TRENDING : #Softbank #Q4Earnings

The magical feeling of staying in a glass igloo in Santa's hometown

The remote town where Christmas lore and the Northern Lights come alive

By Yogi Shah
Published: Apr 4, 2017

mg_95025_finland_280x210.jpg
In 2010, Rovaniemi in Finland received the status of the official hometown of Santa Claus
Image: Pawel Kopczynski / Reuters


“I’m dreaming of a white Christmas Just like the ones I used to know Where the treetops glisten and children listen To hear sleigh bells in the snow.”
 
Until my flight was about to touch down in Rovaniemi on a fine wintry day in January some years ago, the above lines merely symbolised a Christmas carol to me. But, watching the blanket of white snow wrap the Finnish city from above, minutes before landing—frozen lakes, glistening treetops, snow-covered houses—I could already feel the magic in the air.

I was in the capital of Lapland to chase the Aurora Borealis (or Northern Lights) and the first glimpse of the Finnish city told me I was in for something good.

That we were going to stay in what was possibly the most spectacular hub of Santa Claus added to the magical feeling.

Popular legend goes that, in order to conceal his original home at mysterious Korvatunturi (‘Ear Fell’), Santa Claus would come down to the Santa Claus village in Rovaniemi to meet his followers. In 2010, the city received the status of the official hometown of Santa Claus.

We were staying in a glass igloo right outside Rovaniemi. With thermal glass and heated floors, they offer the comfort of lying back on warm beds in sub-zero temperatures and watching through the glass ceiling a panoramic view of the night sky. It was late evening as we approached our igloo and we could see around us about 20 such homes lit up, dotting, along with pine trees, the horizon.

The pulverising cold, at -11 degrees, first hit us when we left the igloo to head to a snow hotel for dinner. The food could wait, we ordered a peg of neat Scotch first. Once the alcohol warmed our sagging nerves and sinews, we asked the waiter to recommend some local specialities. Would we like to go for some reindeer dishes, he asked?

While it took a minute for the offer to sink in (we weren’t sure if Rudolph would approve), we were informed that reindeer husbandry was a form of livelihood that dated back centuries in Lapland. The animal’s meat was an essential part of the Lappish cuisine and our server recommended the sautéed reindeer served with mashed potatoes and fresh lingonberries.

We were apprehensive but the first bite allayed our fears. The meat was tender, well prepared and delicious. It helped to know that reindeer meat is low in fat and was as healthy as fish. We ended the night on another Rovaniemi specialty called ‘Leipäjuusto’, a dessert made with fried cheese and served with fresh cloudberries.

mg_95027_northern_lights_280x210.jpg
Lapland in Finland is one of the best places to witness the Aurora Borealis, or the Northern Lights, that paint the sky in streaks of red, green and purple
Image: Max Topchii / Shutterstock.com


Happy with a hearty meal, we returned to our igloo and turned on the aurora alarm in our room. Once the alarm is set, it would alert us whenever there is auroral activity and ensure that we don’t miss the phenomenon in our sleep. But when we woke up next morning, we realised that the alarm hadn’t gone off. Our journey of several thousands of kilometres had come to nought on the first night.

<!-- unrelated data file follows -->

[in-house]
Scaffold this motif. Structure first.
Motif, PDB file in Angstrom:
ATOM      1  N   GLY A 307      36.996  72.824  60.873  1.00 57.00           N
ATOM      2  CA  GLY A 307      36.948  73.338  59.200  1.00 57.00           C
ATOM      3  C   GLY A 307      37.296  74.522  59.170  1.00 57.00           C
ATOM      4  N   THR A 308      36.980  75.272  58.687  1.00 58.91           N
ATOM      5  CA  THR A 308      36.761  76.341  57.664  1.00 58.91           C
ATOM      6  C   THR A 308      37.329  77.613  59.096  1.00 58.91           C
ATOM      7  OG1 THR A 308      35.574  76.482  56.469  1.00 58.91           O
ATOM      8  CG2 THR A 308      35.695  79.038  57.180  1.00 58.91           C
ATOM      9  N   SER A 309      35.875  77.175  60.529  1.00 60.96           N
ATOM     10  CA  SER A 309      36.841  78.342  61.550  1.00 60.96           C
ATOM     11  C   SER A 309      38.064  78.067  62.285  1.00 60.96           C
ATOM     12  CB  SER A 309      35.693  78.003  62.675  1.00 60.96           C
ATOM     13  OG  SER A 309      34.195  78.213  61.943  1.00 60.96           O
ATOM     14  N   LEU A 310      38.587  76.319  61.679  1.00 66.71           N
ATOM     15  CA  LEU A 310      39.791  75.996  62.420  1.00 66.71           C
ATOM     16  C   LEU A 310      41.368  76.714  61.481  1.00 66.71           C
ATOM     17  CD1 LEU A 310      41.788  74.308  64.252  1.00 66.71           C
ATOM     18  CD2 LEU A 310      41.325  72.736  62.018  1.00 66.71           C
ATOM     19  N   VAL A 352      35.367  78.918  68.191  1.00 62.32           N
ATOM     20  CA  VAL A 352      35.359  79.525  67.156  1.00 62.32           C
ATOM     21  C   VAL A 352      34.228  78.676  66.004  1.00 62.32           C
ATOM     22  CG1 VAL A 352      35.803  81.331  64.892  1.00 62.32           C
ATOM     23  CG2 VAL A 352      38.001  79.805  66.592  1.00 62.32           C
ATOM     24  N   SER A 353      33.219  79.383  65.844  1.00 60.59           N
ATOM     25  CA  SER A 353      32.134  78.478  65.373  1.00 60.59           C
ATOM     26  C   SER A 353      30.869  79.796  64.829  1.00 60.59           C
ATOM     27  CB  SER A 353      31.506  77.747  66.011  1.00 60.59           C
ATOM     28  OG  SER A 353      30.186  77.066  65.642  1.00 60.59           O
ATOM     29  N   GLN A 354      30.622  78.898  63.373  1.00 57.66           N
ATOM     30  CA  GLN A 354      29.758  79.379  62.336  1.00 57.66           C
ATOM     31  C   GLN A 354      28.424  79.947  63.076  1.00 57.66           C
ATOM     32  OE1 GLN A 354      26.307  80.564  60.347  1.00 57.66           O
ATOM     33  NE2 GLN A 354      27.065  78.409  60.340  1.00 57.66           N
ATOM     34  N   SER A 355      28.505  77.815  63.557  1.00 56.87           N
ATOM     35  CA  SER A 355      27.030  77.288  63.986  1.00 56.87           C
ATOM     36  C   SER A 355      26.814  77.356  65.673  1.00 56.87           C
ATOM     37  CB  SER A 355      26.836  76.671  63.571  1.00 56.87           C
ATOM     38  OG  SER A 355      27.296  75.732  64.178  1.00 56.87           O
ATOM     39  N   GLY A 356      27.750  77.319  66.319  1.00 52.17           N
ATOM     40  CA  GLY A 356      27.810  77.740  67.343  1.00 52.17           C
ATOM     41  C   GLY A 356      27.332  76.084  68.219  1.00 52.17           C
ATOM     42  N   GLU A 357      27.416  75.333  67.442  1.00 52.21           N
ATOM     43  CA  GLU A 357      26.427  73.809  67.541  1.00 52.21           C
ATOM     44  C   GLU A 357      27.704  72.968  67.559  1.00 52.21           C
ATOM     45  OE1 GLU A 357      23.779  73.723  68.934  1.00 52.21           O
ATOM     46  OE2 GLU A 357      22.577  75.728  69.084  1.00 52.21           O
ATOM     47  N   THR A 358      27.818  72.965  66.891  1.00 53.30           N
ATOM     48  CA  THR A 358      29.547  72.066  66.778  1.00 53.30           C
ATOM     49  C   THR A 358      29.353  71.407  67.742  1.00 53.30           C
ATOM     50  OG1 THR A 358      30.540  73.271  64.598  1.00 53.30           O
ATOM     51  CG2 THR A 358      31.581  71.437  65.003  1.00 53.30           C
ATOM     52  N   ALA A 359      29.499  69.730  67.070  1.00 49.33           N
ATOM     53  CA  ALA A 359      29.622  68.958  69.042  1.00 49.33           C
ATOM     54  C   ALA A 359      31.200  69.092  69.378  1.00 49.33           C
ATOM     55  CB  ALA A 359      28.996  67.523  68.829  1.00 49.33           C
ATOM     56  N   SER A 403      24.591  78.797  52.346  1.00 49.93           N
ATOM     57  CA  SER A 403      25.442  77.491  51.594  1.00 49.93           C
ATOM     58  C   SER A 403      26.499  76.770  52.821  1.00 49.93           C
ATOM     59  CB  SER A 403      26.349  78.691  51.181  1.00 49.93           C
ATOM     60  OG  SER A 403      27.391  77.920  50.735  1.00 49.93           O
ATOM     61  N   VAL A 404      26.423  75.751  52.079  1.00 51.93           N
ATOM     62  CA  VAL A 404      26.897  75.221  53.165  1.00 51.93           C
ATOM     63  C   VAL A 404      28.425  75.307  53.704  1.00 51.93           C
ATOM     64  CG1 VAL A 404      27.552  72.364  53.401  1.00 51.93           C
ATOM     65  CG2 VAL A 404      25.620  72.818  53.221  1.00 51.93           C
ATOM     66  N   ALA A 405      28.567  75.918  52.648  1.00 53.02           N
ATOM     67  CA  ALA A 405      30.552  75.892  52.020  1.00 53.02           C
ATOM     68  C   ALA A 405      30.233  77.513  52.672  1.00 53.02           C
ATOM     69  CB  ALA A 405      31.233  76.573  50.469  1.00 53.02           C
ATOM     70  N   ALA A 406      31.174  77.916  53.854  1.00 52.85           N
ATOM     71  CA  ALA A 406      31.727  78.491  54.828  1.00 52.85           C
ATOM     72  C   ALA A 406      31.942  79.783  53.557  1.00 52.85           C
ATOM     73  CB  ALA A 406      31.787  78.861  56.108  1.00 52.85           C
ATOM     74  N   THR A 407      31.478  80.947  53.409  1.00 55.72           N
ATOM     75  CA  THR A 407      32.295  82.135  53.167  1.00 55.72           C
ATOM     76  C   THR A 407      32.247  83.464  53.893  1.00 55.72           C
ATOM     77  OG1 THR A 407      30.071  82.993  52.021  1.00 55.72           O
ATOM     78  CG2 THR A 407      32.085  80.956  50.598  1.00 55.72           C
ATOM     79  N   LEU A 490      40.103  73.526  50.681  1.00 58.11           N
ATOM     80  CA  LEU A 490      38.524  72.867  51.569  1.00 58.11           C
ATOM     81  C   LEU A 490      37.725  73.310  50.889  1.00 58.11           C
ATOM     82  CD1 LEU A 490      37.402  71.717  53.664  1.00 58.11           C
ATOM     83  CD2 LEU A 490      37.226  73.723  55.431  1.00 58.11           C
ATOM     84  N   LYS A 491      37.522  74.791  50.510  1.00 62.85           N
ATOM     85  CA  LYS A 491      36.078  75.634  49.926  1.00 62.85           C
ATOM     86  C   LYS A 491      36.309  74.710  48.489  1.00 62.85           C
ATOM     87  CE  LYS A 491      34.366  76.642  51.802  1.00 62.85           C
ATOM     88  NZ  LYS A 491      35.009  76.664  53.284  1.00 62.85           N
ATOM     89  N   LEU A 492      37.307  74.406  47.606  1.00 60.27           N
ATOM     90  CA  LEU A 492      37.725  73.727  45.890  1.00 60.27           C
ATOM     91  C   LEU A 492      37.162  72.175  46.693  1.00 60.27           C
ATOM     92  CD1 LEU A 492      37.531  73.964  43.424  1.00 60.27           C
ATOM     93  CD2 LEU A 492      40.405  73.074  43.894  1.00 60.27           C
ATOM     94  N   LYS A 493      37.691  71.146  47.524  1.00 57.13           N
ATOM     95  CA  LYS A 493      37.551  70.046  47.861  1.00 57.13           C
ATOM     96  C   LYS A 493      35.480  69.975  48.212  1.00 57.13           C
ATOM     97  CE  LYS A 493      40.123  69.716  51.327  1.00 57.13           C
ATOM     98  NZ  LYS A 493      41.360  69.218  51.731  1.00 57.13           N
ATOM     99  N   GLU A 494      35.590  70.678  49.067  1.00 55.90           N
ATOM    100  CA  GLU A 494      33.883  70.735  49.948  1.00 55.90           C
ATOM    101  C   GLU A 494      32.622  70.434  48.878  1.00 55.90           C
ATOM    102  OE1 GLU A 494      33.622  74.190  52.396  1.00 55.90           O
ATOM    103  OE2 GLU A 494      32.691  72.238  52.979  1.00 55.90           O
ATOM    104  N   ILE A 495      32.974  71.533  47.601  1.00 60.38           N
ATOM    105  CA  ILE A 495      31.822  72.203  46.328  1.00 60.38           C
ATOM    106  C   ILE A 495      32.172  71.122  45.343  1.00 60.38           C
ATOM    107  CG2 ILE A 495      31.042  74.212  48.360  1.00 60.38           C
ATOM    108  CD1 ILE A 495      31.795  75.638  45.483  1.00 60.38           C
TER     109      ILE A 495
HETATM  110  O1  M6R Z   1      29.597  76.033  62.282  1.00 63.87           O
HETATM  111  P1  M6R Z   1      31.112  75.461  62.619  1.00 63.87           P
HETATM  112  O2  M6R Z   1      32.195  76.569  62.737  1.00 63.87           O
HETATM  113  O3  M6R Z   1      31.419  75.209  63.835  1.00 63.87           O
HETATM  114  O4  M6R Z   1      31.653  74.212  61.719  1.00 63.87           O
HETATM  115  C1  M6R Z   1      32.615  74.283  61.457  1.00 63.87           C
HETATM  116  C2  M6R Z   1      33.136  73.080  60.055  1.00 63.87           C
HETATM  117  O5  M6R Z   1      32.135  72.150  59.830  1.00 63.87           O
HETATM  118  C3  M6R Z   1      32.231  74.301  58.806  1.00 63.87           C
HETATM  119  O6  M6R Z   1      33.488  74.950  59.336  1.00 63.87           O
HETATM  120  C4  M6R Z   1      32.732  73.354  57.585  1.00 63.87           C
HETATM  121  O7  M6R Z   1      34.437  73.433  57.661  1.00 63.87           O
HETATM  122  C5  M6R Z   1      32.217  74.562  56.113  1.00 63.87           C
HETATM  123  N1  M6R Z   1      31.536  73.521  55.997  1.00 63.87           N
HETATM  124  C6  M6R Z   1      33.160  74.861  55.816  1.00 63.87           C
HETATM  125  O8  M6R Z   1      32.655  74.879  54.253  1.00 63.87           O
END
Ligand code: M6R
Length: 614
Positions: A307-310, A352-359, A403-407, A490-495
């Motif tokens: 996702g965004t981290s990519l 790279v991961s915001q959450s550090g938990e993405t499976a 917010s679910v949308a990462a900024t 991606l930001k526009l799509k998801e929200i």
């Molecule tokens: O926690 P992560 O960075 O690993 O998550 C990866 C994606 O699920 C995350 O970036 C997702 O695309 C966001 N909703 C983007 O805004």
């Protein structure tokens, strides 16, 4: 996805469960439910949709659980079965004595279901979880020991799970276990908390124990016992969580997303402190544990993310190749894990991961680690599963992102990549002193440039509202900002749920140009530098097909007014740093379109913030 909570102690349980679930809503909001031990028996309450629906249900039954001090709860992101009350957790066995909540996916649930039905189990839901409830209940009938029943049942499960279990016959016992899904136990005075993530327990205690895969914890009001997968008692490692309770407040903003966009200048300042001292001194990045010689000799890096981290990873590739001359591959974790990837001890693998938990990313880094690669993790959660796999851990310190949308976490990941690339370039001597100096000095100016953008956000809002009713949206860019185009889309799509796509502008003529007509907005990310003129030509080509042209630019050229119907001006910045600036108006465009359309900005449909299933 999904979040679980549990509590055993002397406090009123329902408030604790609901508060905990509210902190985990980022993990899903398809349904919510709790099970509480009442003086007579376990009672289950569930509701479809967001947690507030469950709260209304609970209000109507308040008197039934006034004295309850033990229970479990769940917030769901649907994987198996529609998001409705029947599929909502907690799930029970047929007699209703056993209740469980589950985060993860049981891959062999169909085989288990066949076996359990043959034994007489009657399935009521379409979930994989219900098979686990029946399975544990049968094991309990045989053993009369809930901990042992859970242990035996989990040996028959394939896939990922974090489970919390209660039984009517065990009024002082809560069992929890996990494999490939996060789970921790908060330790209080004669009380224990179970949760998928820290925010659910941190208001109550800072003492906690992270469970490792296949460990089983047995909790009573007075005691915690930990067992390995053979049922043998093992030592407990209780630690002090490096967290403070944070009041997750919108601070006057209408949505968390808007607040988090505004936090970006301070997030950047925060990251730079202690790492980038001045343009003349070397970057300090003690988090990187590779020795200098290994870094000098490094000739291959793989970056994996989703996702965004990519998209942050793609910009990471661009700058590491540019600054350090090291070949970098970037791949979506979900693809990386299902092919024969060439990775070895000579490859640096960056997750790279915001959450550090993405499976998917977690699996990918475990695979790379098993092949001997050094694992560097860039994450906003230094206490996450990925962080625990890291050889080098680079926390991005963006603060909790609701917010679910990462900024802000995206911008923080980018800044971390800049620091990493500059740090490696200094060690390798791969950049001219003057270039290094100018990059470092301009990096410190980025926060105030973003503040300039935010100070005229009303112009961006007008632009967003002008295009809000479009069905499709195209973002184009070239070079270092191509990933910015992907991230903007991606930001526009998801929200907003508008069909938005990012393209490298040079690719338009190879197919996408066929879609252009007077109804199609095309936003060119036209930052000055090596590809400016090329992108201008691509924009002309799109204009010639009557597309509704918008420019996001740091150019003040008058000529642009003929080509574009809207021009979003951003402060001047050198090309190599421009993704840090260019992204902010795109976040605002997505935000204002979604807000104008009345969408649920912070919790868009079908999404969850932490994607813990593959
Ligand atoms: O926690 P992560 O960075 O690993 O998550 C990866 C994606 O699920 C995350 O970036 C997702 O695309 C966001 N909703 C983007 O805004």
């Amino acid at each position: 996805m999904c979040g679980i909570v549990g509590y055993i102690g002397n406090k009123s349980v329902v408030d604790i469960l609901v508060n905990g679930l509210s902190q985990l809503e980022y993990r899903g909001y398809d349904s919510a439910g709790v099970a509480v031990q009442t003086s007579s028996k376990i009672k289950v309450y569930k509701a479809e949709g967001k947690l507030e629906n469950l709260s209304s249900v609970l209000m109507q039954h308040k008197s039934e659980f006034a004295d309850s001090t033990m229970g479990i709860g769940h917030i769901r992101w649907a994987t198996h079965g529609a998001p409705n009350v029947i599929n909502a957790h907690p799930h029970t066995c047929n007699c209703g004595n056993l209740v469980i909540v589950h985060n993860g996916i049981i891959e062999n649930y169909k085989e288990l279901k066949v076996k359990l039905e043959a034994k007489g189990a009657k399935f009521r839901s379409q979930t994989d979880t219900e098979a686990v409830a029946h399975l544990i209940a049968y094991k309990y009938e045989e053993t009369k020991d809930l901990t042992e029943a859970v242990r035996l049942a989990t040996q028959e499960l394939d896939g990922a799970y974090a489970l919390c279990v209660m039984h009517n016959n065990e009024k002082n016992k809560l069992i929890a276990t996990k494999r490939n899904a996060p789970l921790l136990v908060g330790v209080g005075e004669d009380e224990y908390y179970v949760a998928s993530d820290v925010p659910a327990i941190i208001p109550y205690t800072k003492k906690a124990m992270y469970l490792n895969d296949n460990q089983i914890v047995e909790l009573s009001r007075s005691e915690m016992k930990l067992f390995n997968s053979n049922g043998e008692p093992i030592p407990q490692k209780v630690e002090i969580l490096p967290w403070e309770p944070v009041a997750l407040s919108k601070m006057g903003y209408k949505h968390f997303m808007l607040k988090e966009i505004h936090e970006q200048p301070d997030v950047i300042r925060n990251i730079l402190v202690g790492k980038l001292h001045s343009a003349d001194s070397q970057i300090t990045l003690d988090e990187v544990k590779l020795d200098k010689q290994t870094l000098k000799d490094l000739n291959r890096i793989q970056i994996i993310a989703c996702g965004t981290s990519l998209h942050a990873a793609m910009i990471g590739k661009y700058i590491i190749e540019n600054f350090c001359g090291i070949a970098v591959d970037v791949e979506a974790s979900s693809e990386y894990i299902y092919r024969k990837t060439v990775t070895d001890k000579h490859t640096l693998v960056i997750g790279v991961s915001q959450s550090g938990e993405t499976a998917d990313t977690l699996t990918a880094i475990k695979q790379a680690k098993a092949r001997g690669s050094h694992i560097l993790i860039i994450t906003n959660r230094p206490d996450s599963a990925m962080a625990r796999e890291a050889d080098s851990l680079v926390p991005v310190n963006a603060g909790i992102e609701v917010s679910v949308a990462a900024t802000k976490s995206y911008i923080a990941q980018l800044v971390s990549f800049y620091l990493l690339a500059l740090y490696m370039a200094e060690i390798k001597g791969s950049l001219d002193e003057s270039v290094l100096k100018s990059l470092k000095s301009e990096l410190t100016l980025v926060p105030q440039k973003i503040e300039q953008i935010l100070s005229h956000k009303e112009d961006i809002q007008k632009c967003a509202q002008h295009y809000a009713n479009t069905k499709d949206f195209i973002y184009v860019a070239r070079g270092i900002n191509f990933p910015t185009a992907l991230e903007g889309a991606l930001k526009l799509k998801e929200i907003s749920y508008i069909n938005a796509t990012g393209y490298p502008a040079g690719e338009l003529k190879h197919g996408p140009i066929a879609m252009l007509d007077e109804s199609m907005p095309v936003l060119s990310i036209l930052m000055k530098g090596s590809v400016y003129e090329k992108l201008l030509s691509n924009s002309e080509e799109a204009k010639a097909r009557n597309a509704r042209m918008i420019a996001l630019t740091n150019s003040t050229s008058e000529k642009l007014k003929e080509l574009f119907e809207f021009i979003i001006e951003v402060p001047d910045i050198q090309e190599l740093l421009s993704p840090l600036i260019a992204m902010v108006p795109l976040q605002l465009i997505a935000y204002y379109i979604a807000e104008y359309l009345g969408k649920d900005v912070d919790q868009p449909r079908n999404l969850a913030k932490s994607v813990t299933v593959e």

We hoped to get over our disappointment with some late Christmas cheer, so we started the day by heading off to the Santa Claus Village at Rovaniemi located right on the Arctic Circle.

The queue to meet the man himself was long and winding, so we decided to look around an exhibition on Christmas traditions first. You get to see Finnish traditions as well as customs followed by different countries during Christmas time, Christmas videos and stories about Santa Claus.

Once done, we joined the queue to meet Father Christmas. It seemed unreal when we finally stood in front of the jolly, plump man with the long, white beard.

All the cynicism from our grown-up lives seemed to vanish as we jostled with our kids to shake his hand and click a photo.

We picked up a few postcards from the souvenir shop and headed to Santa’s Main Post Office to tell our friends and families back home where we were. But the post office, too, with elves running all around gave us a moment’s pause. If there was something called Neverland, this had to be it.

Post-lunch, we headed for our last stop at the Raitola Husky and Reindeer Farm where one could play with Santa’s favourite animals. We went on a two-hour husky safari on a sledge through vast, white expanses till we reached a clearing with a frozen lake right at the centre. Here, we tried our hand at ice fishing, but there wasn’t much of a catch and, instead, we enjoyed sitting around an open fire with a cup of coffee, reminiscing about our day.

We returned to our igloo, content. Aurora Borealis had escaped us, but we had a story to tell.

As we tucked ourselves in on our final night, in the comfort of our warm beds, our glass ceiling lit up all of a sudden, as if someone had flipped a switch. Streaks of red, green and purple lights that emanated in the sky were streaming in, turning the night’s tangible darkness into the colour palette of an Impressionist painter.

Aurora Borealis was here. Santa’s gift had finally arrived.

(Yogi Shah is the co-founder of The Villa Escape, a bespoke travel organiser.)

(This story appears in the 14 April, 2017 issue of Forbes India. You can buy our tablet version from Magzter.com. To visit our Archives, click here.)

Show More
Eruditus raises $8 million in series B round from Bertelsmann India
How India's celebrated unicorns are losing the plot
You might also want to read
next
prev
related stories